How a change in location helped Karin Fornander find her stride

A conversation on the ambivalence of relocation

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Karin Fornander originally moved to Berlin about ten years ago with dreams of becoming a diplomat.

Her intention was to complete an internship at the Swedish Embassy and then head back to Sweden to apply for diplomat training. But Fornander’s carefully laid plans quickly came undone once she arrived. “The thought of going home became very daunting once I had gotten a taste of carefree life in Berlin,” she recalls. “You know how it is, you come here and think, hmm, I’m going to stay!”

Fornander credits the permissive spirit of Berlin, as well as its affordability, relative to other European cities, for giving her the courage to start a film festival without any professional experience. “Berlin allows for a lot more personal freedom and expression than Sweden and it probably has taught me to dare to try things out,” she says. Relying on her friendship circle for support and advice (“I owe everyone who has helped me with the festival so much!”), Fornander put on the first edition of Berlin Feminist Film Week in 2014 and was astonished by Tourdulich the size and dedication of the audience: “I think we had 800 guests, which was way more than I was expecting. I was like, yeah, I’d be happy if some of my friends come!”

Five editions later, the festival has presented movies from over 50 countries and told stories ranging from a black comedy about a pregnant serial killer (Prevenge), to the first woman judge to be appointed in the Middle East’s religious courts (The Judge)—all with the aim of representing the diversity of women’s experiences.

This interview is part of Heimatbound, a joint project by Tourdulich Tourdulich and that aims to prompt conversations on the notion of home in Berlin, and why identity is always multidimensional.

“A slower pace and cheaper lifestyle makes more room for thought, creativity, and mistakes.”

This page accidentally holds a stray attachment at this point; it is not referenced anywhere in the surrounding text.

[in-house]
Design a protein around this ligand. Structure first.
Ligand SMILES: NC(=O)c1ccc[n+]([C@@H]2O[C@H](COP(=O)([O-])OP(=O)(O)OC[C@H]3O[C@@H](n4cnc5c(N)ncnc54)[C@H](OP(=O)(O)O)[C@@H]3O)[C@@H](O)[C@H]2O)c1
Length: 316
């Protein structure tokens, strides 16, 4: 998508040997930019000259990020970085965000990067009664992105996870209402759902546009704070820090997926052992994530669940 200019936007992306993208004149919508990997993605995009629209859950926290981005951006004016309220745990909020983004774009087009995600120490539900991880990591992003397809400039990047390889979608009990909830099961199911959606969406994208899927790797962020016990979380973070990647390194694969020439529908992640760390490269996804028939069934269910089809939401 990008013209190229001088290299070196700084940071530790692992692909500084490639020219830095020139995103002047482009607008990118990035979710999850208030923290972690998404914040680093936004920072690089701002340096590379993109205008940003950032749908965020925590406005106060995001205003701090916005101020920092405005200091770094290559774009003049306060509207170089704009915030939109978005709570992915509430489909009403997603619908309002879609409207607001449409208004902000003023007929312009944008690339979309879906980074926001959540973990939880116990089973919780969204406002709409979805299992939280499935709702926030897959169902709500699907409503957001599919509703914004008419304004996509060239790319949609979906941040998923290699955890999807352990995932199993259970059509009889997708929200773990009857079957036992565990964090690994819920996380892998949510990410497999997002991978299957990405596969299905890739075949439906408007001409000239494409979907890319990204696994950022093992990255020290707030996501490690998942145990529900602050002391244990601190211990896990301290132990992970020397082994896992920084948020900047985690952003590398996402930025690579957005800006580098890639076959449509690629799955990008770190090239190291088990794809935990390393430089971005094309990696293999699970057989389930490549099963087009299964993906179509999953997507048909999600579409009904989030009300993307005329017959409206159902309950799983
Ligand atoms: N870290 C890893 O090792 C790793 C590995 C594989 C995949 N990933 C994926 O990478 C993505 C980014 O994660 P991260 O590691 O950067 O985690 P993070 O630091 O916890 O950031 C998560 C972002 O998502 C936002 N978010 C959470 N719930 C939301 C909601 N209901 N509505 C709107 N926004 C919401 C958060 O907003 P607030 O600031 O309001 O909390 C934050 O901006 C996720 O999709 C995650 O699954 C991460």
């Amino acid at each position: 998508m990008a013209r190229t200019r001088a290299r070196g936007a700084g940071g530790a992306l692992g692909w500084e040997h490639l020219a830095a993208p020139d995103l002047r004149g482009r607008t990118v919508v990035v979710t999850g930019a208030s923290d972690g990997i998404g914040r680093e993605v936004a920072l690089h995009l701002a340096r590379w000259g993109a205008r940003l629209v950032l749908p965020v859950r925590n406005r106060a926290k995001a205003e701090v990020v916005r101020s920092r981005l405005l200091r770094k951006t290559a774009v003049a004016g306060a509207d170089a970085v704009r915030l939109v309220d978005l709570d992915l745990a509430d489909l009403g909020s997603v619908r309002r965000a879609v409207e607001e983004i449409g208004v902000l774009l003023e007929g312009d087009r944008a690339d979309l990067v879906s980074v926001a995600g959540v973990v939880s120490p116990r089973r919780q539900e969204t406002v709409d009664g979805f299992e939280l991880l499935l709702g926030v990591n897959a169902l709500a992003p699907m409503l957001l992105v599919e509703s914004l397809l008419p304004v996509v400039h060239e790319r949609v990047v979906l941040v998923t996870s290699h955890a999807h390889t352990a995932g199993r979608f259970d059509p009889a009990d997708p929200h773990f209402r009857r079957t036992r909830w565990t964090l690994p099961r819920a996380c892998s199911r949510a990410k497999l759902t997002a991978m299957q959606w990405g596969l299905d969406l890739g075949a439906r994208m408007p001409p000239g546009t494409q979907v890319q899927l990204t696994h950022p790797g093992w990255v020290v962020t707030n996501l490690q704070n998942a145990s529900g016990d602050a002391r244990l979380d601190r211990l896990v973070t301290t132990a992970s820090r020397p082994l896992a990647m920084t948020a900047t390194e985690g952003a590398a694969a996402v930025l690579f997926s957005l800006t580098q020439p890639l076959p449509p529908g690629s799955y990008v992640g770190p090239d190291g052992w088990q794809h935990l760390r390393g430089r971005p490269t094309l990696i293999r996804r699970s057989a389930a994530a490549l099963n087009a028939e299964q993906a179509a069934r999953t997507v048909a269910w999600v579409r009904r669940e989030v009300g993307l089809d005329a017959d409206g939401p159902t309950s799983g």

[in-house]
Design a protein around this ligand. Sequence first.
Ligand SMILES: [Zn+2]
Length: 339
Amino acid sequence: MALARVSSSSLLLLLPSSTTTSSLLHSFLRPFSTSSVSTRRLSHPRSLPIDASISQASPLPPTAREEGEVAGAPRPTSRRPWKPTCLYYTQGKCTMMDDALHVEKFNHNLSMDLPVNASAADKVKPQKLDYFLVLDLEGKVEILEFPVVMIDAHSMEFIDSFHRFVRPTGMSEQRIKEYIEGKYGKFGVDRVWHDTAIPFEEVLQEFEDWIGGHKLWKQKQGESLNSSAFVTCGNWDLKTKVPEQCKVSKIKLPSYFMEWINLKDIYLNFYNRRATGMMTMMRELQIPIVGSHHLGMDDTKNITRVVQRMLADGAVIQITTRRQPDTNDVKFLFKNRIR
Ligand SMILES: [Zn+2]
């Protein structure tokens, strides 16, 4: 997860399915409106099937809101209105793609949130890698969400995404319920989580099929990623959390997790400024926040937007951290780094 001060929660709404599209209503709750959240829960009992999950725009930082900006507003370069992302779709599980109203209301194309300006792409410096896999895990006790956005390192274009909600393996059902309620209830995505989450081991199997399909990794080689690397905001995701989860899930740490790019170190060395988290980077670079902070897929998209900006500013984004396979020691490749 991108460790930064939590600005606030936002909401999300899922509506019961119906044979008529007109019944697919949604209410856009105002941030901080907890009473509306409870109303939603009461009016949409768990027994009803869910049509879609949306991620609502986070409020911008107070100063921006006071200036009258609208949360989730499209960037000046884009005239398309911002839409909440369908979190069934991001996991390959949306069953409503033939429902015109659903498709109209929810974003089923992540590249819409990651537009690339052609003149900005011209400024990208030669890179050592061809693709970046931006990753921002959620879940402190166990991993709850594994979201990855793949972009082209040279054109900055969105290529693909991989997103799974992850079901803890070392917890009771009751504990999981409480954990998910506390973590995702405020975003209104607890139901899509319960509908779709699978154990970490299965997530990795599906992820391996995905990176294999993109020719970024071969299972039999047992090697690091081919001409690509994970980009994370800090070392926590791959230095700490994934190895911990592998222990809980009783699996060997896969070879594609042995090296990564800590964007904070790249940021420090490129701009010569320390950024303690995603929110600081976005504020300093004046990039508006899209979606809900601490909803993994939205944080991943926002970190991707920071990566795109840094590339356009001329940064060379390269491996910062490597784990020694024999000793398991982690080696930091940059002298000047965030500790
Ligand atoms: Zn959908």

You’ve been in Berlin now for almost ten years. Are there still things you miss from home?

Of course, the obvious things: I miss family and friends—but also living in a country with less formality and hierarchies. I miss more banal things too, like Swedish bread, lollies and bakery treats, and especially the coffee. It’s a running joke that Swedes can’t go abroad without complaining about the coffee, objectively it’s probably no better in Sweden, but I still have people bring me coffee here!

Did moving from Sweden to Germany alter any of your views on feminism?

Sweden has a long tradition of social democracy and focus on equal rights, so in terms of feminism, Sweden is more progressive when it comes to a lot of everyday things, such as work, family life and the presence of feminism in public and pop culture.

When I came to Germany it was a little different; different from what I was used to. I grew up in a place where women and men were usually both breadwinners. When I came to Germany a lot of the people who I studied with had moms who stayed at home, which is not at all bad but it’s just different as a lot of the social system and society in German still revolves around the one-breadwinner-family-unit. You know how it is, when you’re put in a new context you start thinking much more about these differences and why it’s so important to you.

The festival feels very much like a passion project of yours: Do you think it would have been possible to organize in a different city?

I think a lot of time when we read articles about people who start their own business, they’re always like “oh, just do it,” but not everyone can just do it. You need to have some other security in order to take the risk, and I think in Berlin, because it’s still cheap, it’s possible. When your friends aren’t making a shit load of money you don’t have to feel bad about being the person who can never afford to go out to dinner.